Read the full paper here.

Also posted in Uncategorized | Comments closed

Obama’s Visit Raises Ghosts of Hiroshima

By David E. Sanger. Originally published in The New York Times on May 10, 2016.

screen-shot-2016-09-19-at-1-39-57-pmGar Alperovitz has been a leader of the conversation about the atrocities of Hiroshima and Nagasaki for decades. Here, he is cited by New York Times journalist David Sanger for his evidence that dropping the bomb was an unnecessary part of the Japanese surrender and the end of World War II:

“The top American military leaders who fought World War II, much to the surprise of many who are not aware of the record, were quite clear that the atomic bomb was unnecessary, that Japan was on the verge of surrender, and — for many — that the destruction of large numbers of civilians was immoral,” Gar Alperovitz, a leader of the movement to revise the United States’ own historical accounting, wrote last year in The Nation…

Click here to read the full article in The New York Times

Also posted in Uncategorized | Comments closed

Do We Really Need a Billionaire Class? Gar Alperovitz on inequality and excess

Too Much LogoThe Institute for Policy Studies’ publication Too Much focuses on inequality and excess. In this interview originally published on February 21, 2016, Too Much editor Sam Pizzigati speaks with Democracy Collaborative co-founder and Next System Project co-chair Gar Alperovitz about his “long-haul perspective on how we can go about shearing inequality down to democratic size:”

Too Much: You see capital — who gets to own it, to benefit from it, and derive political power from it — as a key to both understanding and ending our staggering levels of contemporary. What do you mean by capital?

Alperovitz: In the formulation I use, capital amounts simply to wealth ownership of any kind, ownership that can be translated into power. You can sell it to get income. You can hire people with it. It’s another word for wealth ownership.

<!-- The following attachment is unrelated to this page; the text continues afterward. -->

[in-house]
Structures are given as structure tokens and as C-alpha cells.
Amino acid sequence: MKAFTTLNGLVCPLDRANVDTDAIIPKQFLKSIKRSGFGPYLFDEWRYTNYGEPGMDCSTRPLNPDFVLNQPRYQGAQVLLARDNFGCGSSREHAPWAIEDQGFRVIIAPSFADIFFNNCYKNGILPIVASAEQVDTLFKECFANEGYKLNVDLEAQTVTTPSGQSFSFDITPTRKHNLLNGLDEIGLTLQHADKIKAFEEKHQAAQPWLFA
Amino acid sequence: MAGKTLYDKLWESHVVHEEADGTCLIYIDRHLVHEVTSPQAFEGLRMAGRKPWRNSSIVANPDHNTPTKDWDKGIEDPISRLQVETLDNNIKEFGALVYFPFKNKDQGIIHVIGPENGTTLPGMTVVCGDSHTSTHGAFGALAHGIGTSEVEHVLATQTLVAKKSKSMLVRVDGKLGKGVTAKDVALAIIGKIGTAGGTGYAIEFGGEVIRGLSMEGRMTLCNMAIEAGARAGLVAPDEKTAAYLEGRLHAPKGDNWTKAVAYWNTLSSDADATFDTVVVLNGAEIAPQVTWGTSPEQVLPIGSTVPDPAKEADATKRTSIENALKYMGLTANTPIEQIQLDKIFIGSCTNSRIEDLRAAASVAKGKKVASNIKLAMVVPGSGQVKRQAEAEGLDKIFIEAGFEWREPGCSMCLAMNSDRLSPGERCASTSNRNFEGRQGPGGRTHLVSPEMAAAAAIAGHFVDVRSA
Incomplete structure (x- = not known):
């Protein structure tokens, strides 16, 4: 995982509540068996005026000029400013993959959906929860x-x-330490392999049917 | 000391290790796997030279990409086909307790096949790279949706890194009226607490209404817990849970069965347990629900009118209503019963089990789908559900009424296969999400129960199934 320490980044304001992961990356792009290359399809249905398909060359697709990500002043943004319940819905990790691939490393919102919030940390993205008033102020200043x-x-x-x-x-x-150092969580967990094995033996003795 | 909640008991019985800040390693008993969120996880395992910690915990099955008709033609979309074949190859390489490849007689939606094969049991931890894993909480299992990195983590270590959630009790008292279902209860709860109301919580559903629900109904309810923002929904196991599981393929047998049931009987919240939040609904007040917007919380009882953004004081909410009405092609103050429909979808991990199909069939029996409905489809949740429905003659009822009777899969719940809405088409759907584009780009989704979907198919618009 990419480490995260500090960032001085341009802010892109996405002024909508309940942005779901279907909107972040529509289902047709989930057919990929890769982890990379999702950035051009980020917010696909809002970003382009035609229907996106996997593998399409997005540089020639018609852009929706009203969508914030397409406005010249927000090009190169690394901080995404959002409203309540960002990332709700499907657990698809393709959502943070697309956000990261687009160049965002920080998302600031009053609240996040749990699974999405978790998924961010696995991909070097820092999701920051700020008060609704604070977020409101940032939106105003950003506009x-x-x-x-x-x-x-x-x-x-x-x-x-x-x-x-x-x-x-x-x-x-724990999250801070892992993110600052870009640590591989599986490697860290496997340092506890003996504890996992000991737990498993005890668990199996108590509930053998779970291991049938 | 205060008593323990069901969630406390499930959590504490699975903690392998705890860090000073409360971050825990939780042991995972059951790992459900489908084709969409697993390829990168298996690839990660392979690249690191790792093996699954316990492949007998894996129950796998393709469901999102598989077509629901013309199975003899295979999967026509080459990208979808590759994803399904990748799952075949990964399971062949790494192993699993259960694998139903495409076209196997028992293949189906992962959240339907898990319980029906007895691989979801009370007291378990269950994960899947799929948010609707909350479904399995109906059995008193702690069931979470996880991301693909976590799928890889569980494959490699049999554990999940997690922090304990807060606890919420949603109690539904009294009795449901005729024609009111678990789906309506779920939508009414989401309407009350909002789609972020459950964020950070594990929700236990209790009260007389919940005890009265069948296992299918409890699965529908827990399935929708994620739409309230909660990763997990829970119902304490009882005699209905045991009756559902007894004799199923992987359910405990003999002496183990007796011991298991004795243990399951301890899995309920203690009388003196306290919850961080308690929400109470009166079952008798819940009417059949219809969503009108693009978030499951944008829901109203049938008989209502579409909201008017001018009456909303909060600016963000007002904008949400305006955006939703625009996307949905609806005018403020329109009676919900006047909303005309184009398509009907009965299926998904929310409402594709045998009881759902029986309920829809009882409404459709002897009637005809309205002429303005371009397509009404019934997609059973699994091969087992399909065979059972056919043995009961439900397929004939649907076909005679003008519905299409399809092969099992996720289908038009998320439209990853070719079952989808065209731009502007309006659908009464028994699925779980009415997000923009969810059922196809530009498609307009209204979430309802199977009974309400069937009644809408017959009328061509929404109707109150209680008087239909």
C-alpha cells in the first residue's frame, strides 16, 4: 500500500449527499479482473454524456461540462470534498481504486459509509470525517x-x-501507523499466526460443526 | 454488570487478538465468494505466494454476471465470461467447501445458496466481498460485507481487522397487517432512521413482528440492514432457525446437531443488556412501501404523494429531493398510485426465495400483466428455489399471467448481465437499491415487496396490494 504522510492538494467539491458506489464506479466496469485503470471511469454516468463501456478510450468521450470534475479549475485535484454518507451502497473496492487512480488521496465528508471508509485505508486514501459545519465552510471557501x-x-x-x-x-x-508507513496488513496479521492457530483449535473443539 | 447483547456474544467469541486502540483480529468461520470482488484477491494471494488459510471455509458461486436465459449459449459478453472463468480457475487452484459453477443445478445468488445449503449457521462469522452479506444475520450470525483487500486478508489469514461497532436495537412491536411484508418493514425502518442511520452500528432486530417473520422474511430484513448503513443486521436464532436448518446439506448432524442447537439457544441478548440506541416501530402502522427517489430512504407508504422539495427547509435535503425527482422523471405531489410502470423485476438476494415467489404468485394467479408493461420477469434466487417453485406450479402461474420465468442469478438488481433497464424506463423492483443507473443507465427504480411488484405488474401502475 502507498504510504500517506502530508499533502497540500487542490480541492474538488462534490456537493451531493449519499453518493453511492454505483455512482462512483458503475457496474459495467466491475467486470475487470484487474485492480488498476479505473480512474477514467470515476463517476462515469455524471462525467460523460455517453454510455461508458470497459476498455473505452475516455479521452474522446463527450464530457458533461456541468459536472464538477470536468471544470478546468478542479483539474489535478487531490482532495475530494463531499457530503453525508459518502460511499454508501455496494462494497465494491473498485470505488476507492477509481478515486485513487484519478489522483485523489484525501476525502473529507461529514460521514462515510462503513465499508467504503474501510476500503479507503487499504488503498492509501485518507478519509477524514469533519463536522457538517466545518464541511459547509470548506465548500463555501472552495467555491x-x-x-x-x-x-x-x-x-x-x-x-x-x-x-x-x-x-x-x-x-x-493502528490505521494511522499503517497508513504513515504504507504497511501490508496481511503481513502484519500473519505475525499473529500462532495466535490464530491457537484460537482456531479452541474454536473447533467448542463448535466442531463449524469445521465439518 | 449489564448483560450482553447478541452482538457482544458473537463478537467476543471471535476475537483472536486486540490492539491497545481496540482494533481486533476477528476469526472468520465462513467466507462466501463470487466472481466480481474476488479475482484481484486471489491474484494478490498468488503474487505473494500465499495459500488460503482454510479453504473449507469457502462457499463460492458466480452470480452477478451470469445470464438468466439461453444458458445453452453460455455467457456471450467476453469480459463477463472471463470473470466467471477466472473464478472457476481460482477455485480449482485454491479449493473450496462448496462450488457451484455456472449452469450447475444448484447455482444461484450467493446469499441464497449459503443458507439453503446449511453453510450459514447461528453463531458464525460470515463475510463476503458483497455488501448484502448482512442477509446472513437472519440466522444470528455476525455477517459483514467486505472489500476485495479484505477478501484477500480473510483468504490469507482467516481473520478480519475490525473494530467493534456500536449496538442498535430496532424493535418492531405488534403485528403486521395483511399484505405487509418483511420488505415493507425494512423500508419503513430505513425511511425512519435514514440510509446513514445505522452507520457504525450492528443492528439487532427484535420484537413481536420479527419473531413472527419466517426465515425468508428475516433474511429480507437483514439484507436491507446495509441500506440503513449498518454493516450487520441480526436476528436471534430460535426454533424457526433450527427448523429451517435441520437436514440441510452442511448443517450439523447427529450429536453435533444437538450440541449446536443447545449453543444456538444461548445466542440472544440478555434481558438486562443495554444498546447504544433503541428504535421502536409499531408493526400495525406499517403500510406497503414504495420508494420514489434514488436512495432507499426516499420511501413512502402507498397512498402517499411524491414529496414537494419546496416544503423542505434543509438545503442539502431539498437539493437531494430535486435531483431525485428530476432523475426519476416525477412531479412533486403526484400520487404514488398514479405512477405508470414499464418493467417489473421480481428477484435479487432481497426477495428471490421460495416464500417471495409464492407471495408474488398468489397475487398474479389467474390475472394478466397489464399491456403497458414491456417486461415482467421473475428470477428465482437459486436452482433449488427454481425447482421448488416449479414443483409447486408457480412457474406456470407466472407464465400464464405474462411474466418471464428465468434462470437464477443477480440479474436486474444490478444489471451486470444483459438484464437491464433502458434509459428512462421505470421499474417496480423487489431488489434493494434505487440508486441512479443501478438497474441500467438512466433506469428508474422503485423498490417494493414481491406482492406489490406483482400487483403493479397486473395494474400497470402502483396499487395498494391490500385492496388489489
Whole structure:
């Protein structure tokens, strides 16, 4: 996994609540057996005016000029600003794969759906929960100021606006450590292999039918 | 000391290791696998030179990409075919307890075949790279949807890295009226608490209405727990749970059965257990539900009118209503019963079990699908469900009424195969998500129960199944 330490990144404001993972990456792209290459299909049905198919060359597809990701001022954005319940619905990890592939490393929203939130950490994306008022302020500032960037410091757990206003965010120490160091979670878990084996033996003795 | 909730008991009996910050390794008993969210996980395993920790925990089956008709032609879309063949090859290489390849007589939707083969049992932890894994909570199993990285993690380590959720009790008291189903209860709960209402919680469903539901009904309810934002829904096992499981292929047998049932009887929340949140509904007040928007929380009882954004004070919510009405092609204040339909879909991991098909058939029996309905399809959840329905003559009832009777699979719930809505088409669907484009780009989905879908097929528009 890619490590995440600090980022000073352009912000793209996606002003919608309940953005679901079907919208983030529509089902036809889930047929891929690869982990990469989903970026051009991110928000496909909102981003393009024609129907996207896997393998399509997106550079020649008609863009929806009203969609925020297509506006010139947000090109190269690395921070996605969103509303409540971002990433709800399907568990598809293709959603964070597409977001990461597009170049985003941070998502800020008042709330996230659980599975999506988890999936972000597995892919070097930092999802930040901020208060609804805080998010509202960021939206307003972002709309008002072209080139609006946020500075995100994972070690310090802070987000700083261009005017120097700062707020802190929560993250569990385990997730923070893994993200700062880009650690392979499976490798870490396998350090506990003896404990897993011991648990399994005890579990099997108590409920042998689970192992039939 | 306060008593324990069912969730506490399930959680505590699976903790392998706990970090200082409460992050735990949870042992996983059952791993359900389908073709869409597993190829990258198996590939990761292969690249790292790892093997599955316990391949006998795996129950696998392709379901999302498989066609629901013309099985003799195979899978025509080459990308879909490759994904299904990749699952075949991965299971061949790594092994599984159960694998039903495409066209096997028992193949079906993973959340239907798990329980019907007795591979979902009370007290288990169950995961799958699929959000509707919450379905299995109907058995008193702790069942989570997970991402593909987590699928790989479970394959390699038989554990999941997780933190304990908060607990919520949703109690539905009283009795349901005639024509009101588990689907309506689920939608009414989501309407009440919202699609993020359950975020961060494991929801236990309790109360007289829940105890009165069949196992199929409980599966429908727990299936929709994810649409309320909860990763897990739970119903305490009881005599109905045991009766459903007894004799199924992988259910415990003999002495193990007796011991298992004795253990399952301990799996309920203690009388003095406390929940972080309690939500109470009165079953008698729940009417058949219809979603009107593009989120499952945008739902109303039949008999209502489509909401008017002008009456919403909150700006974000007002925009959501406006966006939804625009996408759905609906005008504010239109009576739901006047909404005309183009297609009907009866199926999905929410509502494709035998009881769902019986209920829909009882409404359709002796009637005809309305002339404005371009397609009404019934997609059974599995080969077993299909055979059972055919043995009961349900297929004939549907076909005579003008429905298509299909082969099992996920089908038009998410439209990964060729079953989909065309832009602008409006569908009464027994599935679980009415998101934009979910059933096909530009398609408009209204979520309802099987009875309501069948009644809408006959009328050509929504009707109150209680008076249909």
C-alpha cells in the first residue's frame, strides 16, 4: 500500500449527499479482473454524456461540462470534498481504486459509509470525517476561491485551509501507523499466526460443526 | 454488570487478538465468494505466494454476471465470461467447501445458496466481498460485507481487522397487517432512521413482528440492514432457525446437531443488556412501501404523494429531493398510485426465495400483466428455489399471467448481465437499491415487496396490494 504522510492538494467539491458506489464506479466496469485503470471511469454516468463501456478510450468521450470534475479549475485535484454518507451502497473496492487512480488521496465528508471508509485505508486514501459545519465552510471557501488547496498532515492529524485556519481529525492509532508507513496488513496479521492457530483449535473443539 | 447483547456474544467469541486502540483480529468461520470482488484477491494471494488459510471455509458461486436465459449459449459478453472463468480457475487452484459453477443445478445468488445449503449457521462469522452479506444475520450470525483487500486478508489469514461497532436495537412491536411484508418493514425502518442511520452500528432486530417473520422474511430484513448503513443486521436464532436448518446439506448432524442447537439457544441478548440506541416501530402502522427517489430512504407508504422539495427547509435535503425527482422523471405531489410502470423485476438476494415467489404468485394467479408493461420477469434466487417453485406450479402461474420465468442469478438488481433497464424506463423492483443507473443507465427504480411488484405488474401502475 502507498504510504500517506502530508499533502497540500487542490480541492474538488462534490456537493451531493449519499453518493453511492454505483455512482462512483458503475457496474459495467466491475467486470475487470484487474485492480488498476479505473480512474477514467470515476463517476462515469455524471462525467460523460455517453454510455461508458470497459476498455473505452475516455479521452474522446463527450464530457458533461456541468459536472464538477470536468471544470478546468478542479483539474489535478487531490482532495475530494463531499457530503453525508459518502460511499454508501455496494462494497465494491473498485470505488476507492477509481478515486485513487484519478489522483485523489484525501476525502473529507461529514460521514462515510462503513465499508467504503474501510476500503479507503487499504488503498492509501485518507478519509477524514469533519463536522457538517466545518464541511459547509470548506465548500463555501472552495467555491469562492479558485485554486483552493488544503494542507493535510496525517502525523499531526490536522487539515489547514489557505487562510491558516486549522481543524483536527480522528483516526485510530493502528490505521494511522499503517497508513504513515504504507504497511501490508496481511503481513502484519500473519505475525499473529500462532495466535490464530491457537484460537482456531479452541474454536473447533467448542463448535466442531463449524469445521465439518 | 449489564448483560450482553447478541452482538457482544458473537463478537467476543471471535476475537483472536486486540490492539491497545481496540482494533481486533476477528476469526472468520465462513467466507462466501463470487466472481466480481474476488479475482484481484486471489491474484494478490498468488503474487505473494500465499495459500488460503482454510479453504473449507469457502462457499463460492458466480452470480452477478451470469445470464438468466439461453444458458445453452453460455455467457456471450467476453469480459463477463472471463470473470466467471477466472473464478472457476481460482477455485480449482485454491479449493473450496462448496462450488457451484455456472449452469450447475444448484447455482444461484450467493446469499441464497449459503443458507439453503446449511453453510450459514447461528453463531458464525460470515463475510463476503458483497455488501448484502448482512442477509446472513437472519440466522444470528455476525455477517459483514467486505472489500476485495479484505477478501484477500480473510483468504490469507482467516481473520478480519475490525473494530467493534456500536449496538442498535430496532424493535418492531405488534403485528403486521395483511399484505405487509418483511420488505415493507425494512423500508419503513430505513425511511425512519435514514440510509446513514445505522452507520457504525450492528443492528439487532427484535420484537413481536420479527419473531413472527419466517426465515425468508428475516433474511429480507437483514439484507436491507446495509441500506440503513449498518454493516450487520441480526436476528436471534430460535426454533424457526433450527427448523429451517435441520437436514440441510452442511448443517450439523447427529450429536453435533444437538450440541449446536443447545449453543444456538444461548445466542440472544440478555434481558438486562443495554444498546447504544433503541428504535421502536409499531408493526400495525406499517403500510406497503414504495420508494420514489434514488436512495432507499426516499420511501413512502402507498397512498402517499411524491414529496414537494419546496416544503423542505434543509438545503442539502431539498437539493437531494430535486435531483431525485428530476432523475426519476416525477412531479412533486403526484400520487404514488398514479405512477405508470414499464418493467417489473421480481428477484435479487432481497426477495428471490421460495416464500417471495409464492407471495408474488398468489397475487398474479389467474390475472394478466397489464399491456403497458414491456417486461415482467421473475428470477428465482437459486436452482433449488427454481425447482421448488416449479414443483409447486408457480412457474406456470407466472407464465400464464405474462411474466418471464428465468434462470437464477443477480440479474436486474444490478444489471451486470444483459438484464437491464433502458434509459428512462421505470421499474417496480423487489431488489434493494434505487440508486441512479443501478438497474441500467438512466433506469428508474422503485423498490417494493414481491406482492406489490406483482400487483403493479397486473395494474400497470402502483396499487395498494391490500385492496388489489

Too Much: We’ve become so unequal, you’ve also noted, that we’ll never become significantly more equal unless we have a fundamental shift in who controls capital, in who owns wealth. A shift to what?

Alperovitz: Wealth brings power, political power, institutional power. Wealth on its own gives people the capacity, as a friend of mine likes to say, to “rent” politicians and control the political process. Wealth gives the wealthy access — access to political levers that alter the way the economy works.

Wealth gives the wealthy the capacity to ‘rent’ politicians and control the political process.

In all the advanced countries, labor organizations used to provide a counterbalance to this wealth. On the shop floor and in the political system, unions directly challenged capital on wages and the distribution of income.

But in the United States we’ve always had a much weaker labor movement than most other advanced capitalist nations, and today our labor counterweight is disappearing. Increasingly, we have no institutional counter to the political power of capital.

Many activists today think that building a movement will solve this problem. We obviously need a movement. But at the heart of the movement that helped make America more equal in the middle of the 20th century, we also had an institution, labor unions.

Unless you can build both institutions and a political movement, you won’t have the power and wherewithal to really challenge capital.

Read More »

Posted in Articles | Comments closed